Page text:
Scotland is already at the forefront of renewable energy. With bountiful natural resources, Scotland has 25% of Europe’s entire offshore power resources and generates enough electricity to power 87% of Scottish homes. The renewables sector also employs 16,000 people FTE in Scotland.
However, in order to achieve the goal of generating 100% of electricity from renewable sources by 2020 we have to keep developing innovative ways to not only improve renewable energy technologies but also ensure that the benefits are being experienced by local communities.
Community hydro schemes are projects developed and administered by community organisations with input from local business and community stakeholders. These rank amongst the most exciting recent renewables developments.
Whilst these projects are used to power homes in local areas, surplus profits are channeled into a community pot that is used to fund social and environmental projects that will benefit the local community.
For instance, Donside Hydro, Scotland’s first urban community hydro scheme, opened in September 2016. It generates £30,000 of electricity a year and powers 130 homes in the area. The scheme is administered by Aberdeen Community Energy (ACE).
The scheme works by drawing water from nearby water reservoirs and passing it over an Archimedean screw turbine. This turns the water into clean, renewable electricity to be sold to the national grid. The hydro raises the water level into a turbine, without obstructing the river.
Sinclair Laing, founding director of ACE, says: ‘the Donside Hydro is about more than just the environment and local economies. It is about a shared ambition and the spirit of the people of the north east. And, it’s about a sense of pride in the local area.’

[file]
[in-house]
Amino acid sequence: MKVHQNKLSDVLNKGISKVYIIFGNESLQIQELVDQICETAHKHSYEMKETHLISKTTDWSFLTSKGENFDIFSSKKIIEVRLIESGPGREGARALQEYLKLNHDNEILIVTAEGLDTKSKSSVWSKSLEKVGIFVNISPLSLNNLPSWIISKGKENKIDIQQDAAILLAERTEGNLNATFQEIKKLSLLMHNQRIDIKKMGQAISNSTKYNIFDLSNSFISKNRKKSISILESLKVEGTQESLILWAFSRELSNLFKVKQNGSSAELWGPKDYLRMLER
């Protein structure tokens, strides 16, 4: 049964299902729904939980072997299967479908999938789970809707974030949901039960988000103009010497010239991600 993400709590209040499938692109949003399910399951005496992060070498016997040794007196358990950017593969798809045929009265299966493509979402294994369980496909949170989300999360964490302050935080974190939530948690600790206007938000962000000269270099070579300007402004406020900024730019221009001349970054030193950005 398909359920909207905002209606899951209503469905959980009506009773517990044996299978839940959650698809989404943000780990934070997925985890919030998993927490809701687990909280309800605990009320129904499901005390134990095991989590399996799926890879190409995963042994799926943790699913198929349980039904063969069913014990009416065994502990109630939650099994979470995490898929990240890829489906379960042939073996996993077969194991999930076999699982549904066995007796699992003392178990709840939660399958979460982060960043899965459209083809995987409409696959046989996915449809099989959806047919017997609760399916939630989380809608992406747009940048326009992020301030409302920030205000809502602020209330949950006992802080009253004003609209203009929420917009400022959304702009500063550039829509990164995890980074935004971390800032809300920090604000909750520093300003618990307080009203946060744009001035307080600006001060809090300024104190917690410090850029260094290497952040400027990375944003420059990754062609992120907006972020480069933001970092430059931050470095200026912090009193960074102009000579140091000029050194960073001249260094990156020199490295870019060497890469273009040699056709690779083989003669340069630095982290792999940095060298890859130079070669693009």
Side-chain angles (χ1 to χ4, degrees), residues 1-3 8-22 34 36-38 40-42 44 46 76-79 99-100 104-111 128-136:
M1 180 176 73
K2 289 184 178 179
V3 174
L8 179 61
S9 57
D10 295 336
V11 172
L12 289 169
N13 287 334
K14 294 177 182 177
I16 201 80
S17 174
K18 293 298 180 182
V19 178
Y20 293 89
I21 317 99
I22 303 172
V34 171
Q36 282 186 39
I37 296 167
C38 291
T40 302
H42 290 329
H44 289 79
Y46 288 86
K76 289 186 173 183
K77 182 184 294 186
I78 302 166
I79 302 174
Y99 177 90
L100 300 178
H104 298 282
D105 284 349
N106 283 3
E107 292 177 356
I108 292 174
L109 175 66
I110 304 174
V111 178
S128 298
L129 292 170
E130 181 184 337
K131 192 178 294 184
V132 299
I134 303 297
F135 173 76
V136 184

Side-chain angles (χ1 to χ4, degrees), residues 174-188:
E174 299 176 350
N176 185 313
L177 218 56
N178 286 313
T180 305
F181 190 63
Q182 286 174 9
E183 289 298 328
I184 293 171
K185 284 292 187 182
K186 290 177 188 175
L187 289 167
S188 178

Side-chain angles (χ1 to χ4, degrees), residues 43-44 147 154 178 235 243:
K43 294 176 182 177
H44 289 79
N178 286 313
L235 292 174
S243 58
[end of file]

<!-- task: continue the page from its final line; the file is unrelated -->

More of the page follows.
This reflects the ethos of other community hydro organisations in Scotland with the key aim being sustainable development which benefits all in the community. The Braemar Community Hydro, opened in September 2016, predicts it will generate £500,000 over the forty-year lifetime of the project for their community benefit fund. To this date it has provided £7,000 for diverse projects such as gym equipment for local schools, startup funds for a mental health organisation, providing recreational facilities at local attractions and providing green equipment in the Braemar community.
These are two examples of how urban hydro schemes can operate in Scotland’s diverse landscape. They have clear benefits for local communities and sustainability. The Donside Hydro alone will deliver an annual reduction in CO2 emissions of 240 tones. It also provides a local ethical investment opportunity.
Whilst Scotland has been performing well on renewable energy targets, the UK has been divesting from the sector. Westminster has ended grants for new onshore wind turbines, which the Green Alliance predicts will lead to a 95% cut in renewable investment. We need to be making green technologies cheaper and easier – not putting up additional barriers.
Bringing power closer to people provides an opportunity for innovation and such local schemes are the proof. For Scotland to succeed and thrive, the parliament and local councils need more power to shape environmental policy.
If Scotland is really serious about creating a more sustainable economy, communities should be looking to the successful schemes in Aberdeen and Braemar for how to do it. The longer-term goal is greater policy leadership and investment from the central government. An independent Scotland would naturally see this as a higher priority investment area and can deliver these goals, the UK government will not.